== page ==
- Affinity-Based Serum Proteomics for Ovarian Cancer Early Diagnosis
- Resveratrol and Autophagy: Inhibiting Glucose Metabolism to Overcome Chemoresistance
- Polymorphisms, Risk, and the Chemoprevention of Ovarian Cancer
With the goal of identifying biomarkers for the early detection of ovarian cancer, Dr. Martin McIntosh, a Fiscal Year 2005 Idea Development Award recipient, and colleagues Drs. Paul Lampe and Nathalie Scholler, of Fred Hutchinson Cancer Research Center, are taking advantage of the unique characteristics of phage and yeast recombinant antibody libraries and using them as the basis for serum biomarker discovery. The group has identified thousands of distinctive binding sequences that bind to peritoneal fluid from cancer in preference to control, and then identified those that also bind to case plasma in preference to controls. Forty putative biomarkers have been identified and are undergoing validation using ELISA assay or mass spectrometry-based methods.
One potential novel protein biomarker, PEBP1, identified via both mass spectrometry and microarray-based approaches was detected in 29 of 30 ascites samples and discriminated ovarian cancer sera from controls. PEBP1 is undergoing further evaluation as a protein biomarker for early detection of ovarian cancer. Two other markers have been measured in preclinical samples, those collected months and years before cancer diagnosis to determine which may elevate prior to disease. Although based on a small sample size, one marker may identify 25 percent of cases at 95 percent specificity one year early, and although it may not have higher sensitivity than the CA-125 marker at that time, may provide information pertaining to risk earlier. This marker is now being evaluated in additional preclinical samples prior to publication.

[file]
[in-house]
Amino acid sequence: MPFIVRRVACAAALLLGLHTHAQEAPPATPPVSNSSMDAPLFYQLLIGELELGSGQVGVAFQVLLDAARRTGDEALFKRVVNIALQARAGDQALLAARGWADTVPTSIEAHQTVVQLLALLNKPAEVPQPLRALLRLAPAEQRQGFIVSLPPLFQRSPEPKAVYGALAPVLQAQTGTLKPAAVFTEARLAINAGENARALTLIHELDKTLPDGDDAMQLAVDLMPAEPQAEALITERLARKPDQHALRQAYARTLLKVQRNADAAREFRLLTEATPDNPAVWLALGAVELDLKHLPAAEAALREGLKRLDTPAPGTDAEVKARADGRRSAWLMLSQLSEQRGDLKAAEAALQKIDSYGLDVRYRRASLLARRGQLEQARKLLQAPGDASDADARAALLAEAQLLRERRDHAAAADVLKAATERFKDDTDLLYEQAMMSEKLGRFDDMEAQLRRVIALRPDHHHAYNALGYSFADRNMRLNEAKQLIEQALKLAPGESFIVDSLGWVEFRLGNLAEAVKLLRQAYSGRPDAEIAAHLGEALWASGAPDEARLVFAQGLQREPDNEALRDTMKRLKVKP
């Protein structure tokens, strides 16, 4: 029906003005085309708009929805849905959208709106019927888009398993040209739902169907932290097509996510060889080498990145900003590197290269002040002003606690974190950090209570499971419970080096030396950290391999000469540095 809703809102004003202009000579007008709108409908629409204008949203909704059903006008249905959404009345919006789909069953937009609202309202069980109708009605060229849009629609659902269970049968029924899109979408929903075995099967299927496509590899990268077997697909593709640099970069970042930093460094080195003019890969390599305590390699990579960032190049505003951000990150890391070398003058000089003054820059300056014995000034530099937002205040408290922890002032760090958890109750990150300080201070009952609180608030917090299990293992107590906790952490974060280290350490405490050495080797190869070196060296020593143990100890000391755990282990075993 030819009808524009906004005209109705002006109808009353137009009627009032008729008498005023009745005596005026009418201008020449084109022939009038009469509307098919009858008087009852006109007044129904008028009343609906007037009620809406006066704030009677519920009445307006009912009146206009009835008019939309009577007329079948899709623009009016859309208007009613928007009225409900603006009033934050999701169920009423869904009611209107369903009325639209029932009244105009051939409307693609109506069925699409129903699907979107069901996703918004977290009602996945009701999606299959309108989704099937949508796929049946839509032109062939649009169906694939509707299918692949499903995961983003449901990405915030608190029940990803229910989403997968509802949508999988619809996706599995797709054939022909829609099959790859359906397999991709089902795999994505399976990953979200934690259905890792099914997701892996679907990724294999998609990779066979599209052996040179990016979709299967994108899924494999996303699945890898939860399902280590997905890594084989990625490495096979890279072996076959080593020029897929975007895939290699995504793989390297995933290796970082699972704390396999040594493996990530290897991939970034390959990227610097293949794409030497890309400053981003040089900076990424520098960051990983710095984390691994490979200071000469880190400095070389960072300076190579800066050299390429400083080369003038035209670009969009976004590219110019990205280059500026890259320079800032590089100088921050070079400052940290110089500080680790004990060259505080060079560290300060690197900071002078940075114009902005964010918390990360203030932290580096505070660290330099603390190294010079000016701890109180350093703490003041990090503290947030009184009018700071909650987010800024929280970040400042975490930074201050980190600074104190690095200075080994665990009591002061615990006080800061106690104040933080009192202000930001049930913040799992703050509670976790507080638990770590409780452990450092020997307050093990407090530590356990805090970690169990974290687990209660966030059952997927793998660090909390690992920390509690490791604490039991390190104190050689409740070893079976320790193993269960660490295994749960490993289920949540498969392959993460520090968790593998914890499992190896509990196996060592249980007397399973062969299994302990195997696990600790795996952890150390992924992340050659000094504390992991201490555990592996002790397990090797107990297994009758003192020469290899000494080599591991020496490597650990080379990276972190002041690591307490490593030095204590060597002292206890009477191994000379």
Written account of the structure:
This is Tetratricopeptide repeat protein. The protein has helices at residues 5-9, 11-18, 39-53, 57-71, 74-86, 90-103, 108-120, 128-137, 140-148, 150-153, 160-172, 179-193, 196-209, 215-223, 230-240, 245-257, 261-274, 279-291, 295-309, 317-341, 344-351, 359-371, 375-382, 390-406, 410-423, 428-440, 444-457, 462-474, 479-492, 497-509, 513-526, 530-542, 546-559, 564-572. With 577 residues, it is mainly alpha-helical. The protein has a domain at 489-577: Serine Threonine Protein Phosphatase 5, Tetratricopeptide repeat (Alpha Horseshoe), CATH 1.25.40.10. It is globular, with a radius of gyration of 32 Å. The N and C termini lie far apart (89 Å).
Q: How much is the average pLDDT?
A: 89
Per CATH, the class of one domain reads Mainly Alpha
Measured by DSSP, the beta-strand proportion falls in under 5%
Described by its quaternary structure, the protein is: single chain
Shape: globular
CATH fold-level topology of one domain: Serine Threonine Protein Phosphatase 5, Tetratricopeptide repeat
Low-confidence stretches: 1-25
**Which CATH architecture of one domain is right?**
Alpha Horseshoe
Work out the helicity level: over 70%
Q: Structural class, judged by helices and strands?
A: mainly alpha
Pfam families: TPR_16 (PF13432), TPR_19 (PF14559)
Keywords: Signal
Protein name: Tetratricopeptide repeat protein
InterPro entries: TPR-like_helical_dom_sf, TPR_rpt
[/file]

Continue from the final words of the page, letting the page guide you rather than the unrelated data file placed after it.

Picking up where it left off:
Scholler N, Gross JA, Garvik B, Wells L, Liu Y, Loch CM, Ramirez AB, McIntosh MW, Lampe PD, and Urban N. 2008. Use of cancer-specific yeast-secreted in vivo biotinylated recombinant antibodies for serum biomarker discovery. Journal of Translational Medicine 6:41.
May D, Liu Y, Law W, Fitzgibbon M, Wang H, Hanash S, and McIntosh M. 2008. Peptide sequence confidence in accurate mass and time analysis and its use in complex proteomics experiments. Journal of Proteome Research (Epub ahead of print).
Martin DB, Holzman T, May D, Peterson A, Eastham A, Eng J, and McIntosh M. 2008. MRMer: An interactive open-source and cross-platform system for data extraction and visualization of multiple reaction monitoring experiments. Molecular and Cellular Proteomics 7(11):2270-2278.
Loch CM, Ramirez AB, Liu Y, Sather CL, Delrow JJ, Scholler N, Garvik BM, Urban ND, McIntosh MW, and Lampe PD. 2007. Use of high density antibody arrays to validate and discover cancer serum biomarkers. Molecular Oncology 1(3):313-320.